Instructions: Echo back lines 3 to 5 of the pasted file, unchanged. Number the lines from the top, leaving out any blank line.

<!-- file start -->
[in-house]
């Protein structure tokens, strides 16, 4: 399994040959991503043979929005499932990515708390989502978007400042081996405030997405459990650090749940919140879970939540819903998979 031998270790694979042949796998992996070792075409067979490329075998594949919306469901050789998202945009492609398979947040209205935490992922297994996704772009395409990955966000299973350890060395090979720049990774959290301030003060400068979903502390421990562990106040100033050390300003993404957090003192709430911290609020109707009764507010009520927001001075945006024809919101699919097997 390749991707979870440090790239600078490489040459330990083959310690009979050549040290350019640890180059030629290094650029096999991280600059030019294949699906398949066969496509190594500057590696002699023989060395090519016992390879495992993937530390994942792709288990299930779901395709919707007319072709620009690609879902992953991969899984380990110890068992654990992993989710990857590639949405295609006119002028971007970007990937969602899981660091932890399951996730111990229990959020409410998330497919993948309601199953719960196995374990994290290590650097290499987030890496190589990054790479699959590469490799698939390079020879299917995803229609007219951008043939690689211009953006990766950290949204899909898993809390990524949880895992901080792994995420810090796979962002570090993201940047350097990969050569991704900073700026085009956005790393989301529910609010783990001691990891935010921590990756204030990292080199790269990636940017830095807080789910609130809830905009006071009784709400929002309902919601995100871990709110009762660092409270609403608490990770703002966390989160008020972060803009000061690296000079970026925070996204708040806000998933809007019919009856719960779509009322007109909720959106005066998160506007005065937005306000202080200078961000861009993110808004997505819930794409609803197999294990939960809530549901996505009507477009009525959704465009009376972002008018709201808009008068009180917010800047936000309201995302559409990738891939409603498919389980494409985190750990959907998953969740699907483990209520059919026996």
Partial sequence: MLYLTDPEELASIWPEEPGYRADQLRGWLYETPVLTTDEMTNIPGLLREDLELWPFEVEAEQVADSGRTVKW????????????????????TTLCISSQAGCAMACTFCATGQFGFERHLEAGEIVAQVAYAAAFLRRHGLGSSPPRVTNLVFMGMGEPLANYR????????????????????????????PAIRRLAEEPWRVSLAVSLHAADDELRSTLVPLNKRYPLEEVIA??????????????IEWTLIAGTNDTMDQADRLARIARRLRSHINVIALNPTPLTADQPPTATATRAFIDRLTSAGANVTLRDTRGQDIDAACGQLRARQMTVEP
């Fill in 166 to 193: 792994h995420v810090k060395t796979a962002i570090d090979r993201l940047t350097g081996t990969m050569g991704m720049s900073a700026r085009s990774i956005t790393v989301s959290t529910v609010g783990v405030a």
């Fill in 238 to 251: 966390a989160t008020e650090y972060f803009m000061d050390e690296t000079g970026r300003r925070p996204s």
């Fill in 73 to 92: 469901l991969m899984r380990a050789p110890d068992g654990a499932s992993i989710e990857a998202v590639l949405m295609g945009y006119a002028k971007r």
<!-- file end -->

Partial sequence: MLYLTDPEELASIWPEEPGYRADQLRGWLYETPVLTTDEMTNIPGLLREDLELWPFEVEAEQVADSGRTVKW????????????????????TTLCISSQAGCAMACTFCATGQFGFERHLEAGEIVAQVAYAAAFLRRHGLGSSPPRVTNLVFMGMGEPLANYR????????????????????????????PAIRRLAEEPWRVSLAVSLHAADDELRSTLVPLNKRYPLEEVIA??????????????IEWTLIAGTNDTMDQADRLARIARRLRSHINVIALNPTPLTADQPPTATATRAFIDRLTSAGANVTLRDTRGQDIDAACGQLRARQMTVEP
């Fill in 166 to 193: 792994h995420v810090k060395t796979a962002i570090d090979r993201l940047t350097g081996t990969m050569g991704m720049s900073a700026r085009s990774i956005t790393v989301s959290t529910v609010g783990v405030a």
């Fill in 238 to 251: 966390a989160t008020e650090y972060f803009m000061d050390e690296t000079g970026r300003r925070p996204s």